No Let-up in Sex-Abuse Scandal
By Edward E. Plowman
World Magazine [United States]
Downloaded March 12, 2004
The clergy sex-abuse scandal in the Catholic Church refuses to go away. This month the district attorney in Springfield, Mass., announced he will go before a grand jury with accusations that recently retired Bishop Thomas Dupre, 70, abused two altar boys when he was a parish priest, beginning in the 1970s and continuing into the 1990s. Bishop Dupre resigned last month, citing health reasons. His resignation came a day after a Springfield newspaper confronted him with charges concerning the two boys. Refraining from public comment, he checked himself into a church-run psychiatric hospital in Maryland. He is the fourth bishop to resign over sex-abuse allegations in the past two years.
In Albany, N.Y., Bishop Howard Hubbard, 65, is fighting charges that he was involved in two homosexual relationships, one of which led to a man's suicide 30 years ago. He also was accused of sheltering gay priests from abuse charges. In a PR campaign, he denied ever having sexual relations with anyone and claimed conservatives in the church were out to get him and discredit the hierarchy. He announced he had persuaded the diocesan council to hire a former federal prosecutor to investigate the charges independently.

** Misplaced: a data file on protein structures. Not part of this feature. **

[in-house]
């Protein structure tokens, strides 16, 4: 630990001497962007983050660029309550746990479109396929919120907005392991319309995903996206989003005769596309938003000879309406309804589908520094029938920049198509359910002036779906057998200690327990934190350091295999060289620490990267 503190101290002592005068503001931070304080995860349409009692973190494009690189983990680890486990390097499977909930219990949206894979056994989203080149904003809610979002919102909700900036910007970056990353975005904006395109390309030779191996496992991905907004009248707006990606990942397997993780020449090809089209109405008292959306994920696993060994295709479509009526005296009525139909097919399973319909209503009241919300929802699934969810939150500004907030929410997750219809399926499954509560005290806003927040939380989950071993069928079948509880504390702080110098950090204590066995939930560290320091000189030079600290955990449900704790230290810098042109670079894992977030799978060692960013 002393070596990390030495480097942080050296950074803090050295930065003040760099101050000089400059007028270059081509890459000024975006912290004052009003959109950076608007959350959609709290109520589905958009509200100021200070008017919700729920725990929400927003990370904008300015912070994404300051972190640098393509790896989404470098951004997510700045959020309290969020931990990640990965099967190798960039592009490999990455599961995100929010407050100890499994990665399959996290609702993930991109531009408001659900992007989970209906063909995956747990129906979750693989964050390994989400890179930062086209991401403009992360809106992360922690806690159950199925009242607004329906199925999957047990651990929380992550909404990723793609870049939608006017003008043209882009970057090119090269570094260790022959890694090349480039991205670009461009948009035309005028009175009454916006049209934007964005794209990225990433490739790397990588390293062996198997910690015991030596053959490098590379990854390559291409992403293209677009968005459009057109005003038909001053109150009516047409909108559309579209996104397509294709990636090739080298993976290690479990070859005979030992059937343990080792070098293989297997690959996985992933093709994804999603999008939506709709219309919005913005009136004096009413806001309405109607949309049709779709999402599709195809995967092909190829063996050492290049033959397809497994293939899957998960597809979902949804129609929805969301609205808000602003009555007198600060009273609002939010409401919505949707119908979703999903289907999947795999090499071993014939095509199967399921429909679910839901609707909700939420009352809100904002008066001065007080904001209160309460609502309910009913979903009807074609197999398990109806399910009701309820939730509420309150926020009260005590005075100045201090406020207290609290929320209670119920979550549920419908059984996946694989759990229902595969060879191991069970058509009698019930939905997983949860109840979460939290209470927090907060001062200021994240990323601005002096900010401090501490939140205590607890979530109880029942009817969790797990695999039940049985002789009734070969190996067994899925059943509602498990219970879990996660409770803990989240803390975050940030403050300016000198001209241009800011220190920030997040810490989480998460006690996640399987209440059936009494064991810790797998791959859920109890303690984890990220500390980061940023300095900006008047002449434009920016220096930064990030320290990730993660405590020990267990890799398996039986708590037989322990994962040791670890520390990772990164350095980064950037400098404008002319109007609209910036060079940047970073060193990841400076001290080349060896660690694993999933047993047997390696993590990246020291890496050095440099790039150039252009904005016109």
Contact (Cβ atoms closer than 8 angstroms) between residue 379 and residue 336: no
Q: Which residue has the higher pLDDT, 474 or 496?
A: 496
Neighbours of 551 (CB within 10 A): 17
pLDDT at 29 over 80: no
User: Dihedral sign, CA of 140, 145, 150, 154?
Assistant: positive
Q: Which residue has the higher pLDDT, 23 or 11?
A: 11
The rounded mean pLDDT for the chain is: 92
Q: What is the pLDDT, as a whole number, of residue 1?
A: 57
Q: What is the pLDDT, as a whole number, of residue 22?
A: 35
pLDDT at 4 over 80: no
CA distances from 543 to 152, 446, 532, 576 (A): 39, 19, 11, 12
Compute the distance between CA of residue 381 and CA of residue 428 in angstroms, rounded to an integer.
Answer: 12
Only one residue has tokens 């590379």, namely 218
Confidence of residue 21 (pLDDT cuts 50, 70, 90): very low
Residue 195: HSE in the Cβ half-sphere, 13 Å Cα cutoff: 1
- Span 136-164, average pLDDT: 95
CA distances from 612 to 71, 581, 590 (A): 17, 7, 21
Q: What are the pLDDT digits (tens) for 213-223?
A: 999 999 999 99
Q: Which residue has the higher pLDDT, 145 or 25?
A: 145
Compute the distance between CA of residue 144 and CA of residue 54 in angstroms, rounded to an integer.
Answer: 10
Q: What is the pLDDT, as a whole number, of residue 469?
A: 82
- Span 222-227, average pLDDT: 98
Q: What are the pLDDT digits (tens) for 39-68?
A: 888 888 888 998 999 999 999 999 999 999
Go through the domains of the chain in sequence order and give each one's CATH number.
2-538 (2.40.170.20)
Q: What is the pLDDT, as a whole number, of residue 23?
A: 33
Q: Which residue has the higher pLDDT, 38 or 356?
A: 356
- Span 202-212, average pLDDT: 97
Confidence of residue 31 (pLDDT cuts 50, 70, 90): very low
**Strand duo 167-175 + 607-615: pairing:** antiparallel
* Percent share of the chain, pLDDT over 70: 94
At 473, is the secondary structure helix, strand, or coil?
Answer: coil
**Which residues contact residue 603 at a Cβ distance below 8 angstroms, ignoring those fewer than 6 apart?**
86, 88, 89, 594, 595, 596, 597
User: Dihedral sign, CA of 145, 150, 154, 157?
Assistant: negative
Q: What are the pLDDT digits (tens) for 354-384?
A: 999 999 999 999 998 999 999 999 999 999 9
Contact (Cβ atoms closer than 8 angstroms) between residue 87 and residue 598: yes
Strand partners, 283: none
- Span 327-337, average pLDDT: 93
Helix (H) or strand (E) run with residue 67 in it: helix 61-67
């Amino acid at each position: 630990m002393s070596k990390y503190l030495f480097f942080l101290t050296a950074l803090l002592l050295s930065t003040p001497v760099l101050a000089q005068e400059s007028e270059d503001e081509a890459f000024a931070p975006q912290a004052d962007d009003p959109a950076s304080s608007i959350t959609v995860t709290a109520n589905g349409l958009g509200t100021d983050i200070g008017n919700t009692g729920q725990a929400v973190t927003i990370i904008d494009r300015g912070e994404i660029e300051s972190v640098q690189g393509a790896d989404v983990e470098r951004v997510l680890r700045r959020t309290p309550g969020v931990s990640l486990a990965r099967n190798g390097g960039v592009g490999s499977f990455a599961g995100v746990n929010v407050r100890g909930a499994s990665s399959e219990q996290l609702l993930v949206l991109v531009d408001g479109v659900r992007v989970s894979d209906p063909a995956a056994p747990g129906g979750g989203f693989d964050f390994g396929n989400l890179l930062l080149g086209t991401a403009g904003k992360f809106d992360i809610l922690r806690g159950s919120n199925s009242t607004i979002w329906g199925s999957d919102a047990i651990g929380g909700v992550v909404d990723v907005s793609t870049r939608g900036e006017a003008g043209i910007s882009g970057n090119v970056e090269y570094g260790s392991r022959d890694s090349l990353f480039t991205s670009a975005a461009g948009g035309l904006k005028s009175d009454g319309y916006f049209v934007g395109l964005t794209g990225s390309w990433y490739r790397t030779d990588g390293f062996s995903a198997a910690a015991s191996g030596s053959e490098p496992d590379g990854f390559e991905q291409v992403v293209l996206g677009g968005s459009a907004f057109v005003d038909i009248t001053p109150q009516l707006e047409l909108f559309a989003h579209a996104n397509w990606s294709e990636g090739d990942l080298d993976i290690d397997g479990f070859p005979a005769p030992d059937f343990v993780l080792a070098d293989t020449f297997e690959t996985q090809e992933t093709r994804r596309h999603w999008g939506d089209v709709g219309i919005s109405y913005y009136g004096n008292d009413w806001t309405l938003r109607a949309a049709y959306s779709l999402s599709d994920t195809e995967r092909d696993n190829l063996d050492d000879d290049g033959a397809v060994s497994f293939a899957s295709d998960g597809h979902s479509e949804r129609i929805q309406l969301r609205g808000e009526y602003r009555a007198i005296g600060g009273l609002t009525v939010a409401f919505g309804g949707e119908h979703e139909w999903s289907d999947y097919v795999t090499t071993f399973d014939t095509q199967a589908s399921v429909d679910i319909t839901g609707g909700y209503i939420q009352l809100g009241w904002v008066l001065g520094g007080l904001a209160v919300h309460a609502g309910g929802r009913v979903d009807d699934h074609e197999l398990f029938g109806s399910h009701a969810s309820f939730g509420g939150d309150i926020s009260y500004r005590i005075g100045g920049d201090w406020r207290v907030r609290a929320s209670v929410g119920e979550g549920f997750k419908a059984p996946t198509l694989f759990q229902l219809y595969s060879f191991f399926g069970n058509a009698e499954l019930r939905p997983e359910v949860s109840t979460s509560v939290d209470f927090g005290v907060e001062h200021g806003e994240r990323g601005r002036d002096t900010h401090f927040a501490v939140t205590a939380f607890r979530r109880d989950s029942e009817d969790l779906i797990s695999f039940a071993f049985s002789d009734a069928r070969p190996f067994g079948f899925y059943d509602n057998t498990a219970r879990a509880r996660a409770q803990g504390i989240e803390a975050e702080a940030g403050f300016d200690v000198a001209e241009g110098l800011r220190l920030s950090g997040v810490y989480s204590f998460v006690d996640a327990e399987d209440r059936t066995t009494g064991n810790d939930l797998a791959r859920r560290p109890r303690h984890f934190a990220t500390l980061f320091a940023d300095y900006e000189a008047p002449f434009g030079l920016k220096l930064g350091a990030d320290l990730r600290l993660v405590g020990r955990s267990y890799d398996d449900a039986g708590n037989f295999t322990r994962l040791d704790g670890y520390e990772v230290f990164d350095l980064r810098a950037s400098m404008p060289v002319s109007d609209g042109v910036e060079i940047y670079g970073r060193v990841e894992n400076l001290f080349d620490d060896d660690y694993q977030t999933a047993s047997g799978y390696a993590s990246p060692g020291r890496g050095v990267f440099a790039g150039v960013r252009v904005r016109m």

The story deepened last month when priest John Minkler was found dead in his home near Albany. He had met with Bishop Hubbard two days earlier to deny involvement in writing and sending a 1996 letter to the New York Archdiocese that claimed the bishop was part of a "ring of homosexual Albany priests." The cause of Rev. Minkler's death remains under investigation.
The Archdiocese of Boston this month filed suit against one of its insurers, Lumberman's Mutual Casualty Co., for refusing to cover $59.3 million of an $85 million church settlement with 522 victims of clergy abuse. The insurer argued the archdiocese's settlement was a voluntary payment, and the company was not obligated to contribute.
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